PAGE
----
SIR,-1 was most interested to see the letter of P. I. Power in a recent issue — more particularly as I have spent the last year in investigating the modern methods of Church action, of which he speaks, both in France and Belgium—and it has always seemed to me such a great pity that more is not known of these methods at home.
Over here, one gets the impression of a great and virile forward movement—of d return to the methods of the primitive Church in which all formation and safety-first complexes have been abandoned; and above all of a truly fraternal atmosphere of Christian charity and co-operation between clergy and laity—and between Catholics and their fellowmen in general.
It would appear that the secret lies in the ideal of getting down to
reality and to the pure spirit of the gospel and also in the great encouragement given to lay action by all ranks of the clergy—France, Belgium, Spain, Portugal and Italy are now full of groups, both lay and clerical, large and small, work; jog on these lines—and it is a most heartening thing to live amongst them for a while.
Of course it must be remembered that conditions at home are often very different from those of continental countries—the standard of life being higher—still, it would seem that if a breath of this particular wind could blow across the Channel it would certainly be invigorating and would no doubt wake us up!
95, Rue des Flamands, Louvain.
Sia,—Dom Bede Winslow's letter is to be welcomed as drawing attention to the co-operative study already being carried out by the Benedictines and others of Oecumenical outlook, not only in this country but on the Continent. Apart from reference to the Malines conversations, much of the correspondence arising from the Times article strikes one as peculiarly insular in character and I may thus perhaps be allowed to reinforce Dom 13ede's remarks by reference to the joint meetings to study religion and world order started in Cairo in 1939 and attended by Catholics, both Latin and of the Eastern Rites, Anglicans and Nonconformists, and also Orthodox with the benevolent interest of certain Moslems and Jews.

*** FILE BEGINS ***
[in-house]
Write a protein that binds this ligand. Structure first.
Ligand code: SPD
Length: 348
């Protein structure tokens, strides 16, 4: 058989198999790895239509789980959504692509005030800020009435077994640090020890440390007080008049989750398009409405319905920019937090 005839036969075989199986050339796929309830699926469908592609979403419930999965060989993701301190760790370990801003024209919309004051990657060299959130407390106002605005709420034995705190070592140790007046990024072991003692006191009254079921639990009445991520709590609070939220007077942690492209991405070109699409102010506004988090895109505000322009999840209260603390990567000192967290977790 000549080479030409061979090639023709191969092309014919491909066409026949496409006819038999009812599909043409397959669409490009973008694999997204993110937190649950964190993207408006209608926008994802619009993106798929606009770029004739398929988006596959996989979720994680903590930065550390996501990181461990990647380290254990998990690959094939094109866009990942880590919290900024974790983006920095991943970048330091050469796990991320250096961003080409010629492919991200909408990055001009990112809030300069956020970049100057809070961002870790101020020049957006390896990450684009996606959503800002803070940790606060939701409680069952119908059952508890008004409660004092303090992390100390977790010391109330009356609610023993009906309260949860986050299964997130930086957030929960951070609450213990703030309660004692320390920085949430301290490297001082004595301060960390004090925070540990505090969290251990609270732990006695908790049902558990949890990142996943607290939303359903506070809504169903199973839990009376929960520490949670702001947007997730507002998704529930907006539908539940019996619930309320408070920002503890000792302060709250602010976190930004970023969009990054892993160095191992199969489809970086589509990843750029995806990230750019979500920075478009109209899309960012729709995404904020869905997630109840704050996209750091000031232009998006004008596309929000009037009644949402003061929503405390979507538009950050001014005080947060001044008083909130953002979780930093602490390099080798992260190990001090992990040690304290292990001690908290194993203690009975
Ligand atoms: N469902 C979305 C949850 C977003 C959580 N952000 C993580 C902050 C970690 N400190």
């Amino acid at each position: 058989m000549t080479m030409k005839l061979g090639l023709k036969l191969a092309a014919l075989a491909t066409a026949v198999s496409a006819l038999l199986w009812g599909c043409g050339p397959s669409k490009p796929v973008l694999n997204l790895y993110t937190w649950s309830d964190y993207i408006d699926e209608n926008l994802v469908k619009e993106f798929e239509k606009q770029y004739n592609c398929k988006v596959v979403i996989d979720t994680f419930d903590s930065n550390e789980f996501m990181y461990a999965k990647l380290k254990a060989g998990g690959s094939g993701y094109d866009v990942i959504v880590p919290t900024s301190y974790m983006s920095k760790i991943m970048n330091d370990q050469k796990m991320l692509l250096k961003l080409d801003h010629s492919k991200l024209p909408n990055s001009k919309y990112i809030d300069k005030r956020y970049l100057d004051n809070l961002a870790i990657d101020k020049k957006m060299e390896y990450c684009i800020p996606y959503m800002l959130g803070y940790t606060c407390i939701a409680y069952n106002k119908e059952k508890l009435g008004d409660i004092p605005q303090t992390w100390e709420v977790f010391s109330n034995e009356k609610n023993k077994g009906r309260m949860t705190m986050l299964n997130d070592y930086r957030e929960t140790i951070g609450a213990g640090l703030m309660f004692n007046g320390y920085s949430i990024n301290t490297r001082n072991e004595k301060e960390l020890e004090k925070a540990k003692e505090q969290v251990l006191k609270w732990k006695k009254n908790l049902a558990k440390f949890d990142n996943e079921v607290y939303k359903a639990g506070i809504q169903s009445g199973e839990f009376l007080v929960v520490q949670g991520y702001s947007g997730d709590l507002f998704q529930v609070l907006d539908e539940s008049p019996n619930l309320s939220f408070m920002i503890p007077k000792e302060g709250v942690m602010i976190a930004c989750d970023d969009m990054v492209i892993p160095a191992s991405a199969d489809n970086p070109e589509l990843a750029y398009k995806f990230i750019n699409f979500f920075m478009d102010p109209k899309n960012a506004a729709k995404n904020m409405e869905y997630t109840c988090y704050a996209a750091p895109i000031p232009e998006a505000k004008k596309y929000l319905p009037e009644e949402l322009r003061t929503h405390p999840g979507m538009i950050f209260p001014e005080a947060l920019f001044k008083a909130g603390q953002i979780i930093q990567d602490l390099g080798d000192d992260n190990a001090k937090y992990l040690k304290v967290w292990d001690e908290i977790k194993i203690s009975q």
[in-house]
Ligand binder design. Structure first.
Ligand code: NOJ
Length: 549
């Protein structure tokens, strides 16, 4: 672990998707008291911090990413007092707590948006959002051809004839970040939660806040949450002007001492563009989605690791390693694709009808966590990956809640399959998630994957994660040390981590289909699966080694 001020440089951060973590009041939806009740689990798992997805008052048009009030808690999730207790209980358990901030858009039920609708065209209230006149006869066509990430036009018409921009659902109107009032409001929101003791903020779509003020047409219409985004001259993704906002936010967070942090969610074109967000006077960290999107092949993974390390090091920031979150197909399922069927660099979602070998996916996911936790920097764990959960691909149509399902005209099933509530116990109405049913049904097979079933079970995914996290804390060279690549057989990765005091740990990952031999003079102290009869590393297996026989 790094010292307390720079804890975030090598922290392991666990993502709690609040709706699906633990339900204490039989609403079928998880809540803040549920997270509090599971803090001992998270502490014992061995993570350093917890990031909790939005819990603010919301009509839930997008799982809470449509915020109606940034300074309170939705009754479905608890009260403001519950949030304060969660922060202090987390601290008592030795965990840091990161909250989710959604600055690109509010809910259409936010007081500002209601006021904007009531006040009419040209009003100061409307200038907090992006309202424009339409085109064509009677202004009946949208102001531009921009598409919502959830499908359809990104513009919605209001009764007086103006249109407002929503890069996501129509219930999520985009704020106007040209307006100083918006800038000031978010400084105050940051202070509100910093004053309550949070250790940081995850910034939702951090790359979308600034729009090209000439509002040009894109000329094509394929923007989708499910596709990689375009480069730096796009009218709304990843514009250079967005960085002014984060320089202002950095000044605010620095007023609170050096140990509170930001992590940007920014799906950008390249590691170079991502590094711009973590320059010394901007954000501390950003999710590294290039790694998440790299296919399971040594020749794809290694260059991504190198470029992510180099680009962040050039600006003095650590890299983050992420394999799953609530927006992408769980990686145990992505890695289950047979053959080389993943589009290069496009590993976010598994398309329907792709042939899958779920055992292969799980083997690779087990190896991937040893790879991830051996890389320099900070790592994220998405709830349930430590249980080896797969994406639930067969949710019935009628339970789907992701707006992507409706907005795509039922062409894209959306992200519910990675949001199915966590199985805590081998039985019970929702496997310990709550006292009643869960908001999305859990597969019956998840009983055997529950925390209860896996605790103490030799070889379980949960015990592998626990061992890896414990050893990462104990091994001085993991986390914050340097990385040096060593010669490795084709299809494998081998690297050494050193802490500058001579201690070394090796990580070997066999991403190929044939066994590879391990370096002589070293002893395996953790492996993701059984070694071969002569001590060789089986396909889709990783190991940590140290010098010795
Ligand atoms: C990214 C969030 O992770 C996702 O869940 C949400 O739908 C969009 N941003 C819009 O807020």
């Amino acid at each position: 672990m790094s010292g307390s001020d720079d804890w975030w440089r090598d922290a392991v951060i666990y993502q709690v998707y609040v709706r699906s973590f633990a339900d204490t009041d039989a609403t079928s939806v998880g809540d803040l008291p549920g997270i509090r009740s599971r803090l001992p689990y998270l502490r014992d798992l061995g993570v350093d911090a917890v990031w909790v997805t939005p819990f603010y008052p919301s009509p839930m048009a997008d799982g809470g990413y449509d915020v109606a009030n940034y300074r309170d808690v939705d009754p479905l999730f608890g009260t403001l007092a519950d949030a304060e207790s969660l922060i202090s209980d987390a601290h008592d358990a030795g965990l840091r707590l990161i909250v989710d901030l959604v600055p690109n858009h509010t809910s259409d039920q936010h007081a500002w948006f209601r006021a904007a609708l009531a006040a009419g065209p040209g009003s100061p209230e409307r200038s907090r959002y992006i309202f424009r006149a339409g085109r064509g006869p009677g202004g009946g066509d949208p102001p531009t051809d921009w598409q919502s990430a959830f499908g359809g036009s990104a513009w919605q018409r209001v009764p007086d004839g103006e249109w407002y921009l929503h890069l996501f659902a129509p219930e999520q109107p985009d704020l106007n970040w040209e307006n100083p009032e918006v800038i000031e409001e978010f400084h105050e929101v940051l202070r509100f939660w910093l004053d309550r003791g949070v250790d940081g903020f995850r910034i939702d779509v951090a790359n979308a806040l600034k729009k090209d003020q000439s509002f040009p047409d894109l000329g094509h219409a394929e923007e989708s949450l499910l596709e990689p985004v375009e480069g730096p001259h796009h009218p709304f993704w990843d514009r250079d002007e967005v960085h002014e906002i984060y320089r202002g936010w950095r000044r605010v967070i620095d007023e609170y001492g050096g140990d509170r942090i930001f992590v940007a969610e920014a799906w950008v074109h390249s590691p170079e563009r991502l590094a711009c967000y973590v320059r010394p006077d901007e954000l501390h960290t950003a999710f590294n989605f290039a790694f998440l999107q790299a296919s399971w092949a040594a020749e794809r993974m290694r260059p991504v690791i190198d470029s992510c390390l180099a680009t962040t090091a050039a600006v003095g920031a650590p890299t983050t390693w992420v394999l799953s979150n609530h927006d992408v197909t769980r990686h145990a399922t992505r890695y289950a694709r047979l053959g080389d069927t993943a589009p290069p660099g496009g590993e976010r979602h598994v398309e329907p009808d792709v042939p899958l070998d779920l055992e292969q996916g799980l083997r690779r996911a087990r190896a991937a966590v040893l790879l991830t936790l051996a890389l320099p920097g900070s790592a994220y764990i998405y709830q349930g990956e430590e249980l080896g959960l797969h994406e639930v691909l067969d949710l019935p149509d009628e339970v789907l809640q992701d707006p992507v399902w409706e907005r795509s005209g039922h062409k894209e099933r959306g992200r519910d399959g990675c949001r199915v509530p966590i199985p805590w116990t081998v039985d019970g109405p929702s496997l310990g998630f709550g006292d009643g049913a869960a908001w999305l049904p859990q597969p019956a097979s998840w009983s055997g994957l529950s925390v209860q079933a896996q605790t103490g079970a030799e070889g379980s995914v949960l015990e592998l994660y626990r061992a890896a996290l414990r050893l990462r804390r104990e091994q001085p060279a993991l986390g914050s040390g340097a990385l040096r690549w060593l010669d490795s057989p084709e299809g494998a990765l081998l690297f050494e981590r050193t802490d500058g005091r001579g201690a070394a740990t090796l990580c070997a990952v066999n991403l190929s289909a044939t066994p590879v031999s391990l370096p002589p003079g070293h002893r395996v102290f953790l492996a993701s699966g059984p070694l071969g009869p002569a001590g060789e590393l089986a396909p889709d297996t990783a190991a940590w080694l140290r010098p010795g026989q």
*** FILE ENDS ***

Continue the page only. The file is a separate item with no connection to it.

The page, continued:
That co-operation between Christians of goodwill is possible is being proved by repeated news from the Egyptian capital and it seems particularly relevant to note that only a few weeks ago the newlyarrived internuncio (Mgr. Levamd) declared that the union of all Christians in charity was his premier objective ! This remark quoted by Le Rayon D'Egypte occurred when his Excellency was receiving a visit of welcome and goodwill from the Vicar-General of the historic Copt Orthodox patriarchate. A similar visit was also paid to the internuncio by Bishop Bell, representing the Anglican community and whose episcopal care extends, I believe, even beyond the wide areas of Egypt
and the Sudan. The Cairo Press alludes specifically to the cordial nature of the conversation between Mgr. Levam6 and the Bishop on matters of common Christian interest.
In conclusion may I add that the significance of co-operation in another form—that is as between the Cathblic Church and Islam and to which Colonel Butler alluded so strikingly in your paper. now receives an added impetus as the Grand Sheik of the great Muslim University of Al Azhar *was also amongst those leaving a message of welcome for Mgr. Levame on the latter's arrival in Cairo.
J. W. R-F.